The Debate

Don’t Normalize the Taliban’s Despotic Regime

Recent Features

The Debate | Opinion | South Asia

Don’t Normalize the Taliban’s Despotic Regime

It’s unconscionable to take the side of a brutal dictatorship.

Don’t Normalize the Taliban’s Despotic Regime

An Afghan woman weaves a carpet at a traditional carpet factory in Kabul, Afghanistan, Monday, March 6, 2023.

Credit: AP Photo/Ebrahim Noroozi)

As former senior diplomats – from the United States and Afghanistan – we understand the power of recognition and legitimacy. As women, we see with great concern a dangerous trend of international normalizing of the Taliban’s despotic regime. International policymakers must firmly reject Taliban recognition and try harder to safeguard human rights, or else millions of Afghan women will continue to face desperate circumstances while terrorist groups populate Afghanistan.

Al Jazeera recently published a plea from the Taliban’s “foreign minister” for diplomatic recognition and direct cooperation, and relief from terrorism-related sanctions, mainly on the grounds that the regime had ended violence. That’s news to the Afghan women for whom violence and terror have simply moved into their homes; the U.N. reports newly rampant levels of abuse against women, forced and child marriage, and violence against women who dare to protest.

The Taliban is ruling Afghanistan more and more despotically since it took over the country in 2021. And yet, every day, the international community’s resolve to curb the regime’s growing brutality seems to be waning, headed toward a trajectory of normalizing that rule, with some countries accepting Taliban diplomats.

Indeed, CIA Deputy Director David Cohen’s late 2022 meeting with his opposite number in the Taliban suggests the U.S. contemplates a security relationship with the Taliban. Tom West, the U.S. special representative for Afghanistan, has floated this idea while referring to the Islamic State as our “common enemy.” That’s an alarming miscalculation.

There should be no illusions that the Taliban, as prescribed in the discredited Doha agreement signed three years ago, is doing anything to weed out the presence of terrorist groups on Afghan soil, which is why they are under U.N. sanction. Beyond the presence of al-Qaida leader Ayman al-Zawahiri in Kabul last July, there is growing evidence that the problem has metastasized with multiple terrorist groups setting up shop. A February 13 report to the U.N. Security Council by the U.N. committee monitoring the implementation of sanctions against al-Qaida and the Islamic State offered a thorough indictment:  “Afghanistan remains the primary source of terrorist threat for Central and South Asia… These [terrorist] groups enjoy greater freedom of movement in Afghanistan owing to the absence of an effective Taliban security strategy.”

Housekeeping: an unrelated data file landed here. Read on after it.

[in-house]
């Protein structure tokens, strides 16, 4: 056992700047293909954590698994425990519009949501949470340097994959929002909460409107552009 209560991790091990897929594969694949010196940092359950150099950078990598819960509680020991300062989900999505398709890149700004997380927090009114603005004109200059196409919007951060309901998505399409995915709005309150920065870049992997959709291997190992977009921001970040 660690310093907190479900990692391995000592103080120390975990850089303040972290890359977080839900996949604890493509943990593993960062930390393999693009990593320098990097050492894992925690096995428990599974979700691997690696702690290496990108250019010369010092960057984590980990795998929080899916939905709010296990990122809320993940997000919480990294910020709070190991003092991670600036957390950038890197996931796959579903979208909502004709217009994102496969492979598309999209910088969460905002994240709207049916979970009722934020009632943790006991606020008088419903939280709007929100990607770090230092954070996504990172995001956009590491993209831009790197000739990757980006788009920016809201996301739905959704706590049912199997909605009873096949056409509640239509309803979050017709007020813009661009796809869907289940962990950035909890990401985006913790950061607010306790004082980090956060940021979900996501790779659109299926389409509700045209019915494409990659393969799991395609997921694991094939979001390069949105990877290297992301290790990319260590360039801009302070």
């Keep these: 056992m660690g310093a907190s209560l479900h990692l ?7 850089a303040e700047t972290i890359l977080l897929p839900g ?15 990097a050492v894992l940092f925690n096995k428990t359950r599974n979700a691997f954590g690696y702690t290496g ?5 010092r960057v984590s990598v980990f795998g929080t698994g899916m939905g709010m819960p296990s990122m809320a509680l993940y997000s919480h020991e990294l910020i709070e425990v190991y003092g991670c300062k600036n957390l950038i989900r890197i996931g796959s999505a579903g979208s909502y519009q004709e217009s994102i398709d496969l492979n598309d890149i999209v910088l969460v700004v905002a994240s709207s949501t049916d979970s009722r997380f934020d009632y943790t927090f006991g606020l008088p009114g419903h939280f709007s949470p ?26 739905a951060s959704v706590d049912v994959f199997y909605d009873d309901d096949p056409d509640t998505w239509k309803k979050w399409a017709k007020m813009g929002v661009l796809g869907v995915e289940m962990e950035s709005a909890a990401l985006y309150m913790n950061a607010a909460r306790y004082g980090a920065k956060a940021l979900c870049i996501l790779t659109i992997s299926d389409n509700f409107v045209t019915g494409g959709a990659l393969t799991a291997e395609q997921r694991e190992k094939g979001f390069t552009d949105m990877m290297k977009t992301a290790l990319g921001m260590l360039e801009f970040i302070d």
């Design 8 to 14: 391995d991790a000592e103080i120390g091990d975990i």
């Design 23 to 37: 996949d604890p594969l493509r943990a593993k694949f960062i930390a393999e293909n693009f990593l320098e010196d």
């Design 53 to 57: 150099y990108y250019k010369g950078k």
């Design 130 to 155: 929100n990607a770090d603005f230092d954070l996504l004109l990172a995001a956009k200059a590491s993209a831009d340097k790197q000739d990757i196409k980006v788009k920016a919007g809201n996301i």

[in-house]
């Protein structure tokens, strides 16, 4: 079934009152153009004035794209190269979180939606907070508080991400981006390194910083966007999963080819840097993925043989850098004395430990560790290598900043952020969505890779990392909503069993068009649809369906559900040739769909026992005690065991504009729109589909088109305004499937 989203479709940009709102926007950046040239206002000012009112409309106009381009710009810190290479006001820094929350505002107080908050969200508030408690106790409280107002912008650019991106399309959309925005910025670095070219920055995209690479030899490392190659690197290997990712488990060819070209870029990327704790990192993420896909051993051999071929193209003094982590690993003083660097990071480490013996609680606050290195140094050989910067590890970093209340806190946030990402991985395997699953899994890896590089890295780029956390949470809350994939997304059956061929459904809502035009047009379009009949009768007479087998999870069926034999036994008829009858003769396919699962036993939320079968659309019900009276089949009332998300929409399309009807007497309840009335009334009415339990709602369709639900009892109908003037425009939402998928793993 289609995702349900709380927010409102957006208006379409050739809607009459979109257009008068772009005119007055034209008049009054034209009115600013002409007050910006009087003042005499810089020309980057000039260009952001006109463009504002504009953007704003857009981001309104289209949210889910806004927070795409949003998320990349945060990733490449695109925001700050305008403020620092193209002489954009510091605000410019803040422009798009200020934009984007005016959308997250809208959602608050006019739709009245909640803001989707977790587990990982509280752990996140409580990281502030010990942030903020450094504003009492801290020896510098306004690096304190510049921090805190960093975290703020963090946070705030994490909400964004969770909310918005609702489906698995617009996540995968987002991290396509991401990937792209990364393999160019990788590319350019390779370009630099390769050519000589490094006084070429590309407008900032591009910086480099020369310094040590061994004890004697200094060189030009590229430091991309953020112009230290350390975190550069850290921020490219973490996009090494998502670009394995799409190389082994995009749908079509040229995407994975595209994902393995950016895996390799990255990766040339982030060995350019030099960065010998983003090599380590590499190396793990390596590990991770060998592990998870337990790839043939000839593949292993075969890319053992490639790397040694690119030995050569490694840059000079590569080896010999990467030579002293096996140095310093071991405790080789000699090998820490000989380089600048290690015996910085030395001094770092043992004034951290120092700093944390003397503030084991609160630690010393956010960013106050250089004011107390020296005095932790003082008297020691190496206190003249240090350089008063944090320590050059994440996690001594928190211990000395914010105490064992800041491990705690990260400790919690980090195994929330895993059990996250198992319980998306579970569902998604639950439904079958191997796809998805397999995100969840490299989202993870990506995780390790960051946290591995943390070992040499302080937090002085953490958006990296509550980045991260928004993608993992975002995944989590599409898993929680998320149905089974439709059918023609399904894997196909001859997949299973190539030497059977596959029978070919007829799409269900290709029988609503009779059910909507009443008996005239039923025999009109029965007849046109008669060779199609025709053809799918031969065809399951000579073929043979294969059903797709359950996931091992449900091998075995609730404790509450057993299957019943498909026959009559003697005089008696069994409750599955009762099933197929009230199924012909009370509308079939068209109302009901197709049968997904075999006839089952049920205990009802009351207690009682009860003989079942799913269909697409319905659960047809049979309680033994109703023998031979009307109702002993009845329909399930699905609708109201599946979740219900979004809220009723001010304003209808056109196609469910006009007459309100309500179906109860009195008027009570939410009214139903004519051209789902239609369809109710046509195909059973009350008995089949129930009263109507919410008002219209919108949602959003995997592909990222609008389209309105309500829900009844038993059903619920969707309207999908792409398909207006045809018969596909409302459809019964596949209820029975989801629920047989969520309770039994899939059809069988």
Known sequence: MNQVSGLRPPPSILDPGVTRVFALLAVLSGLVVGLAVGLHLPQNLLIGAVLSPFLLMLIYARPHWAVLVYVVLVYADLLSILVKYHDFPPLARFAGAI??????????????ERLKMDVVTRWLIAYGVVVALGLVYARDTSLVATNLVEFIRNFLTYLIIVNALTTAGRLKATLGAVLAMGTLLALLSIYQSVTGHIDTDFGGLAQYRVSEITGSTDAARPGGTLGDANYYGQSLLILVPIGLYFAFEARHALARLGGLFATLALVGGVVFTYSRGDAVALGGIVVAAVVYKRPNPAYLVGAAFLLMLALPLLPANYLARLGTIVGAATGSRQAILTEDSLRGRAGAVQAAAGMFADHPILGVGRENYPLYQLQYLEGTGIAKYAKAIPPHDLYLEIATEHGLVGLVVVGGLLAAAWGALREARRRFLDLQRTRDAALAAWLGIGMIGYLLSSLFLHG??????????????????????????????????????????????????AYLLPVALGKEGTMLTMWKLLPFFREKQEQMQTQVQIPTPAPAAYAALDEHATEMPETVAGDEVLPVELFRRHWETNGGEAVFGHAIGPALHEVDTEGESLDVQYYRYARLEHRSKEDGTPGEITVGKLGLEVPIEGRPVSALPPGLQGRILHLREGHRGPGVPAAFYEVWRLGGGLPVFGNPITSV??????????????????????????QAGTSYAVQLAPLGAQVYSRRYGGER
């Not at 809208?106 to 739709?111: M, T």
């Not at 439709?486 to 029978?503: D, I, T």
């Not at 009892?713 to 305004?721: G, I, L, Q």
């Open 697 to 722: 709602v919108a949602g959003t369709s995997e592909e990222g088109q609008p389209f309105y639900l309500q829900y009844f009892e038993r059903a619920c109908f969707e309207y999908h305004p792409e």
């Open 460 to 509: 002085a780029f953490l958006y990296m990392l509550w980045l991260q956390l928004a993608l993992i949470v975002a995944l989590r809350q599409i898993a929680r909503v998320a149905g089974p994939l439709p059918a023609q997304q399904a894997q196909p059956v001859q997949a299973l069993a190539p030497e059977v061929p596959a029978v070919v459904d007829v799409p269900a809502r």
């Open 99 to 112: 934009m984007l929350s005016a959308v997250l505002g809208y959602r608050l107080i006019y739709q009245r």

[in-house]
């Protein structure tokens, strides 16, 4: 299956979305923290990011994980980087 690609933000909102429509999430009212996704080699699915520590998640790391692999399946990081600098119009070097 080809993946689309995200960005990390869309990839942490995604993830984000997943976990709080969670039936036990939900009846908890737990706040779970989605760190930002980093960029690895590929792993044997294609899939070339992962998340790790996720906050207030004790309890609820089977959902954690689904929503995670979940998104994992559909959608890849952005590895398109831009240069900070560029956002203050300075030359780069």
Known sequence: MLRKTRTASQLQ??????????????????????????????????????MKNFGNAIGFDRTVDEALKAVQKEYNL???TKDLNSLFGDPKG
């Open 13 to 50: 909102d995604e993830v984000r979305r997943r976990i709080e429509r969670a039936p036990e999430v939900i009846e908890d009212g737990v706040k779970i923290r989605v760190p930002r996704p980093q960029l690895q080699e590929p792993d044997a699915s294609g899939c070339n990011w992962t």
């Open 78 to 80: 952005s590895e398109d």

For the sake of maintaining a stable and secure region, and our moral obligation to protect other human beings in our midst, we can’t allow that to happen.

The United States Trafficking Victims Prevention Act of 2000 is explicit that enslavement of women and children constitutes trafficking even when it does not cross a border. This was an endemic problem in Afghanistan – but now private reports are surfacing that Taliban fighters are taking girls for forced marriage and threatening their families, who now have no legal means of redress.  In this hellscape, and particularly as the economy craters, more child marriages will be forced. Maternal mortality rates that had vastly improved since 2001 will surge without adequate prenatal care and hospital access. Adolescent girls presented with no prospect of education are facing “death in slow motion” and increasingly considering suicide. We make this all worse by normalizing relations with the Taliban.

Creeping normalization of relations may stem from disinterest or compassion fatigue, but most alarmingly it may also reflect a continued inability to see Afghanistan’s complexity. For example, some argue, perhaps the Taliban brings stability to a country that can’t seem to stop itself from fighting. Or maybe all this is “cultural” and we shouldn’t have tried to introduce “outsider” concepts, such as education for all.

No. The Taliban’s welcoming environment for a dizzying range of terrorist groups should be a cause for alarm, not accommodation. Political, social, and economic subjugation of women isn’t routine in even a conservative country, and Afghan culture isn’t homogenous or static. When girls were allowed to go to secondary school and universities safely, their families sent them in the millions.

Afghans who oppose the Taliban have a terribly long and painful road ahead. All parties need to hammer out a path to a just and inclusive society. Principled Afghans have little chance of rolling back Taliban control unless the world has condemned the group’s brutality and starved it of legitimacy. In view of the recent summit of democracies, it’s unconscionable to take the side of a brutal dictatorship.

The international community, with its outsized responsibility for all that has happened, cannot normalize relations with the Taliban. It is our one way to keep faith with Afghans whose futures have been hijacked.